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Examine Miller's use of language and dramatic devices in helping the audience to understand the themes of 'A View from the Bridge.'

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9th February, 2004 Abbey Clark Examine Miller's use of language and dramatic devices in helping the audience to understand the themes of 'A View from the Bridge.' In the play, 'A View from the Bridge.' Arthur Miller uses a variety of language and dramatic devices. These techniques are used to express the play more creatively, helping the audience to develop an enhanced understanding of the text. He uses elements such as character and language to convey the in-depth meanings of the themes within the play. In the play, Miller includes the authorial omniscient character, Alfieri. Alfieri's role in the play is extremely important. He helps to justify the themes, and makes them more palpable to the audience. In the opening of the play, Alfieri first appears to the audience, speaking a monologue. He begins this by speaking in the present tense; explaining his role as a lawyer, he implies, 'justice is very important here.' This theme is expressed perceptibly, and becomes clear that the theme is very obviously expressed through Alfieri's character. ...read more.


This is one thing that in the end leads to Eddie's downfall because he was trying to be so manly it was unjust to show emotion. Eddie's avuncular approach towards Catherine motivates him a great deal in a way that he is so protective of her that he does not allow her to go out wearing revealing clothes , 'I think it's too short.' This proves to the audience that he is jealous over what other men might think of Catherine and wants to keep her for himself. In 'A View form the Bridge' language is a vital part of how the themes are expressed. There is much difference between the linguistics of Alfieri and Eddie. Eddie says 'Y'undertsand me' and he's stayin,' where as Alfieri takes a more formal approach to the way he speaks, this shows the audience the difference in social classes between the lawyer and the longshore man. Miller uses the language that Eddie speaks in, in such a way, that it is obvious to the audience of Alfieri's position above in society. ...read more.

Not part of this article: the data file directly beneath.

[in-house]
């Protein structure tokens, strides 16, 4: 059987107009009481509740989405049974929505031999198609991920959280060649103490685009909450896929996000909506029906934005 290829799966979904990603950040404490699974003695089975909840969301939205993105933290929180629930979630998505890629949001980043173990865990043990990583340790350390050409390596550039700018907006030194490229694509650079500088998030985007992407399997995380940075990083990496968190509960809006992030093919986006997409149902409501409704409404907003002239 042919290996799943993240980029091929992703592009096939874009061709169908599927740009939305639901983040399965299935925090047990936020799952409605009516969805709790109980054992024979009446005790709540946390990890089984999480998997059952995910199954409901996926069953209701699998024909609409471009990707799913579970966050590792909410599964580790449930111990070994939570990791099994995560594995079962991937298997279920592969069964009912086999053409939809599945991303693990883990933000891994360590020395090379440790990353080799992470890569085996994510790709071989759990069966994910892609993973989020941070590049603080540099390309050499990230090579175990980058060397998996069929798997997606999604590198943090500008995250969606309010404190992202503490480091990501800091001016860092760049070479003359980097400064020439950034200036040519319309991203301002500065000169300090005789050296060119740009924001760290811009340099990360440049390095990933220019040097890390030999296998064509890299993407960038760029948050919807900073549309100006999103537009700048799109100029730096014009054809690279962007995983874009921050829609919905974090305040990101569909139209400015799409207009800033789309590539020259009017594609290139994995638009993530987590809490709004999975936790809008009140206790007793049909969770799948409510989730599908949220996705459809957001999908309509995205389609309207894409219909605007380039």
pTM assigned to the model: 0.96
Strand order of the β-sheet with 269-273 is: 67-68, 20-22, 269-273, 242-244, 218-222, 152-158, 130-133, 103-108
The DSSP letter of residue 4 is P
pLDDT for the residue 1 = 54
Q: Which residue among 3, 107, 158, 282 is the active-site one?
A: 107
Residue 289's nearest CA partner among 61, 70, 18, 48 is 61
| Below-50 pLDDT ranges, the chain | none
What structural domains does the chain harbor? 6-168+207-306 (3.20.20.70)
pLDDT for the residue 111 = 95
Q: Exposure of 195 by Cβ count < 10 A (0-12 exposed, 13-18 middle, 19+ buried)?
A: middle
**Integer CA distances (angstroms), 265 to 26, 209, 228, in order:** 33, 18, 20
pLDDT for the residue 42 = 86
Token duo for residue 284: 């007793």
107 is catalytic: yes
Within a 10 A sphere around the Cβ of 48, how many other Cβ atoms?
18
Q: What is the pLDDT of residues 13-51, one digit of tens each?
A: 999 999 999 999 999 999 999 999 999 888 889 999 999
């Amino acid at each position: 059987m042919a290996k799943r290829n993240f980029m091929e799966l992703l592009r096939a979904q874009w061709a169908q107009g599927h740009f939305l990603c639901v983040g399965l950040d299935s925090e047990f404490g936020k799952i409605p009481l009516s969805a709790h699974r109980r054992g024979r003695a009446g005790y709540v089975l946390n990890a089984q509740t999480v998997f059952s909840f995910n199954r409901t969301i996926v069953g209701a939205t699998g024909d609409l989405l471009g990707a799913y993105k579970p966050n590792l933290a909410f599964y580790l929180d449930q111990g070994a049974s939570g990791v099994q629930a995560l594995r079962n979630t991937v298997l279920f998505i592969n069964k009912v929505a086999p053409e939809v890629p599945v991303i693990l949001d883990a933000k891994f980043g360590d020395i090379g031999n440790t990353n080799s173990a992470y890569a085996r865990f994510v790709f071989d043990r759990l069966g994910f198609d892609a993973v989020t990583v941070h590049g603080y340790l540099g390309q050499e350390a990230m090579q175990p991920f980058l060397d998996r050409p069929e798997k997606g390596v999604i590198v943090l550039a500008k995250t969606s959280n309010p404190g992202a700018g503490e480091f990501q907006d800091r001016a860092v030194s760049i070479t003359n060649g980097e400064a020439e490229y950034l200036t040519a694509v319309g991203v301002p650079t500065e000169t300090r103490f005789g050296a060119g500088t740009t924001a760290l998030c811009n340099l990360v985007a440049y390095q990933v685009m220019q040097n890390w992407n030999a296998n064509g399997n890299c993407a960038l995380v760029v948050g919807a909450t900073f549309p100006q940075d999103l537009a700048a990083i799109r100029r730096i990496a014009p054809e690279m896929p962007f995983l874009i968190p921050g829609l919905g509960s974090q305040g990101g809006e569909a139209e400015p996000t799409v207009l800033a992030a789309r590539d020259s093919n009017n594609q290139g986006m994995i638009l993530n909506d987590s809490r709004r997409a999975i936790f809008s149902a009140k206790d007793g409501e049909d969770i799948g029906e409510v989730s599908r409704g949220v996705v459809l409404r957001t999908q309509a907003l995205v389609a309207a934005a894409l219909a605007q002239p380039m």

Miller adds depth to the play, beyond the words to show the seriousness beneath the words and how Eddies relationship with Catherine has gone to a more serious extent. Many hundreds of years ago, the ancient Greeks first produced theatre; the stories were told using various narrative figures known as a 'chorus'. The chorus would comment on the action of the play, but also they would divide the scenes and link them together by covering any action the audience did not see during the time gap. Arthur Miller imbued this characteristic upon Alfieri. He divides each part into 'unofficial scenes' and informs the audience on any action of the play which has been missed, as not it is not necessary to include everything in a play. Overall, it is clear that Miller uses a wide range of language and dramatic devices to make the themes of the play more explicit, he is able to express the themes through character and other aspects, allowing the audience to have a firm understanding of the themes within the play. Abbey Clark ...read more.

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